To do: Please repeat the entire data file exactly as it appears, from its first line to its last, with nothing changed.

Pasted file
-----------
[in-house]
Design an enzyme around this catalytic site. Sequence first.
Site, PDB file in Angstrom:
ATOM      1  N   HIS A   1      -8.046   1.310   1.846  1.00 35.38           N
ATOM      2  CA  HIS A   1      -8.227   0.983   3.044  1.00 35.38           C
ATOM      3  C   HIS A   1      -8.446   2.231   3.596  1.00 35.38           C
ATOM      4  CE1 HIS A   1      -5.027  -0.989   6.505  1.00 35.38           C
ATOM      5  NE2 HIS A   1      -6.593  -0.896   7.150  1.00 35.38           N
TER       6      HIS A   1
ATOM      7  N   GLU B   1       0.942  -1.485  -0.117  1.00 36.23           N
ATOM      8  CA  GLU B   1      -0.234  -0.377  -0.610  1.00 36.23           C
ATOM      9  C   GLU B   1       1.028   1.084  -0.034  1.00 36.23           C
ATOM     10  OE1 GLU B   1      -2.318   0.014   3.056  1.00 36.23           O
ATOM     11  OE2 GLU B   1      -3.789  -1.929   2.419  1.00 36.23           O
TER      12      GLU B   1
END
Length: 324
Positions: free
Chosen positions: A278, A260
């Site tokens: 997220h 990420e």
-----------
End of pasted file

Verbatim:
[in-house]
Design an enzyme around this catalytic site. Sequence first.
Site, PDB file in Angstrom:
ATOM      1  N   HIS A   1      -8.046   1.310   1.846  1.00 35.38           N
ATOM      2  CA  HIS A   1      -8.227   0.983   3.044  1.00 35.38           C
ATOM      3  C   HIS A   1      -8.446   2.231   3.596  1.00 35.38           C
ATOM      4  CE1 HIS A   1      -5.027  -0.989   6.505  1.00 35.38           C
ATOM      5  NE2 HIS A   1      -6.593  -0.896   7.150  1.00 35.38           N
TER       6      HIS A   1
ATOM      7  N   GLU B   1       0.942  -1.485  -0.117  1.00 36.23           N
ATOM      8  CA  GLU B   1      -0.234  -0.377  -0.610  1.00 36.23           C
ATOM      9  C   GLU B   1       1.028   1.084  -0.034  1.00 36.23           C
ATOM     10  OE1 GLU B   1      -2.318   0.014   3.056  1.00 36.23           O
ATOM     11  OE2 GLU B   1      -3.789  -1.929   2.419  1.00 36.23           O
TER      12      GLU B   1
END
Length: 324
Positions: free
Chosen positions: A278, A260
């Site tokens: 997220h 990420e």